With the U.S. crossing the one-year mark into the COVID-19 global pandemic, Premier analyzed new data from our supply chain forecasting technology to assess the pandemic’s long-term impact on the supply chain.
Has the situation improved compared to the demand spikes that characterized 2020?
The short answer is that while most hospitals are seeing greater availability of many types of personal protective equipment (PPE), the healthcare supply chain remains fragile and constrained.
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Massive increases in global PPE demand created an imbalance in the supply chain and have driven up raw materials prices, which impacts the cost of finished goods. This has cascaded to providers who have incurred additional costs to acquire PPE, adding to existing margin pressures.
For example, the American Hospital Association (AHA) estimates the additional costs associated with purchasing needed PPE for hospitals and health systems was $2.4 billion over a period of just four months, from March through June 2020, or roughly $600 million per month.
One Year Later: The State of PPE
What follows is an overview of Premier’s analysis, conducted in March 2021, with a focus on the top PPE categories of masks, gowns and gloves.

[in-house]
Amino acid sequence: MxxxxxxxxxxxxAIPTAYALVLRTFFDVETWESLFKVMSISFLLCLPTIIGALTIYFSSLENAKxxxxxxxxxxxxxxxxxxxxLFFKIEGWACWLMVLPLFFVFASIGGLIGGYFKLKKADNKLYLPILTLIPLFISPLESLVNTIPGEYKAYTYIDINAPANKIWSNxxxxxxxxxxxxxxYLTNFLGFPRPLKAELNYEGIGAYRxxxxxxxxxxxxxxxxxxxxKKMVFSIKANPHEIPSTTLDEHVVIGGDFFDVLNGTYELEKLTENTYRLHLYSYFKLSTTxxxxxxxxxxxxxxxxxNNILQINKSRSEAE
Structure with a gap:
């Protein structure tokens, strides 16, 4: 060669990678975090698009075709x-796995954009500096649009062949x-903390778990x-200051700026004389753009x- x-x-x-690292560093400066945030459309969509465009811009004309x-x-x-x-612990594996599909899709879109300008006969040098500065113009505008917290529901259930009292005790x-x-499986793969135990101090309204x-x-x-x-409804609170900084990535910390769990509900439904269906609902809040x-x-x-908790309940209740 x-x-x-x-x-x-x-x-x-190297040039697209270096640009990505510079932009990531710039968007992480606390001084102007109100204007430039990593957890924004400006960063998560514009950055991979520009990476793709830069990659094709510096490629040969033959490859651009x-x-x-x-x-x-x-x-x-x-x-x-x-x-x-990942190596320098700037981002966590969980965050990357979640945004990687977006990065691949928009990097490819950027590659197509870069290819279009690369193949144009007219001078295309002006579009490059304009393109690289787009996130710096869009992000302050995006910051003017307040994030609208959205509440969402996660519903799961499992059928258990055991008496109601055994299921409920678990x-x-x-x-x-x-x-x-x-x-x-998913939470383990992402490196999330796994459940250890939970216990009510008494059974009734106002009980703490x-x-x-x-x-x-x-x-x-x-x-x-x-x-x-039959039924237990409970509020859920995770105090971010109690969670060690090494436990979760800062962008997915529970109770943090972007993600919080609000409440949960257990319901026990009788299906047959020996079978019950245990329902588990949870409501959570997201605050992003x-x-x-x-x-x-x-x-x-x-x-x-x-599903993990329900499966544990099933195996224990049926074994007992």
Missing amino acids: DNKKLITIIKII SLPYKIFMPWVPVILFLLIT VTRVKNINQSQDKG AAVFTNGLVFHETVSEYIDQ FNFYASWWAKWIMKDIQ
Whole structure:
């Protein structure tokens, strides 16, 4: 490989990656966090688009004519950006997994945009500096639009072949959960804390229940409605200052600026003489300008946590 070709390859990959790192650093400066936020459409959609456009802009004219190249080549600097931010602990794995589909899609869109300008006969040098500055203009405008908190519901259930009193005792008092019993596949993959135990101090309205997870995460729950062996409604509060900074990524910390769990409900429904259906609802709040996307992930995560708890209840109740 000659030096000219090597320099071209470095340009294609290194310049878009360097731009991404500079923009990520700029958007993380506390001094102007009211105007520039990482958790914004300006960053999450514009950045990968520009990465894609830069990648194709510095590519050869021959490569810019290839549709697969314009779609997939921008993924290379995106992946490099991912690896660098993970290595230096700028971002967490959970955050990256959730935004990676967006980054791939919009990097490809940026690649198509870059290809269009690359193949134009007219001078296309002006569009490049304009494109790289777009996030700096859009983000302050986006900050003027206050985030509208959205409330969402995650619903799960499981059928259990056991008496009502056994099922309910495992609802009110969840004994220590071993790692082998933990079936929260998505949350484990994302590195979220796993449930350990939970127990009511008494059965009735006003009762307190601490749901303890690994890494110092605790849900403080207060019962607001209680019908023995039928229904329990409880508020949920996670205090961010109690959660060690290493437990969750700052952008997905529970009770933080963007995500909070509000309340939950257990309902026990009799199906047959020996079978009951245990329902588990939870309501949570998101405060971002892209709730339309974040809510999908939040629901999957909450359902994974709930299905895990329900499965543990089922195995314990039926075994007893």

N95s and Surgical Masks
N95 respirators and other masks have been among the most challenging products for healthcare providers to source and secure amid COVID-19.
Active COVID-19 cases drove N95 demand spikes of up to 17X during the first wave. Most health systems had approximately 23 days of supply on hand at the time, according to a Premier survey, but providers with active COVID-19 patients had an average of just three days’ worth. One year later, the N95 market remains constrained but not in active shortage.
Premier data shows that the average member now has about 200 days of N95 respirators on hand, even though N95 usage nearly quadrupled between April and December of 2020. This greater on-hand availability is due, in part, both to health systems’ supply conservation measures as well as stockpiling efforts during periods of case decline.
Providers also experienced the pandemic’s impact on surgical and isolation mask supply as usage tripled between June 2020 and March 2021. Most health systems today have about 45 days of these masks on hand, up from low points of approximately 30 days in July and December 2020, respectively.
Per Premier data on specific masks purchasing trends:
March 2020 saw the largest spike in N95 and KN95 mask purchasing ─ a more than 14,000 percent increase year-over-year.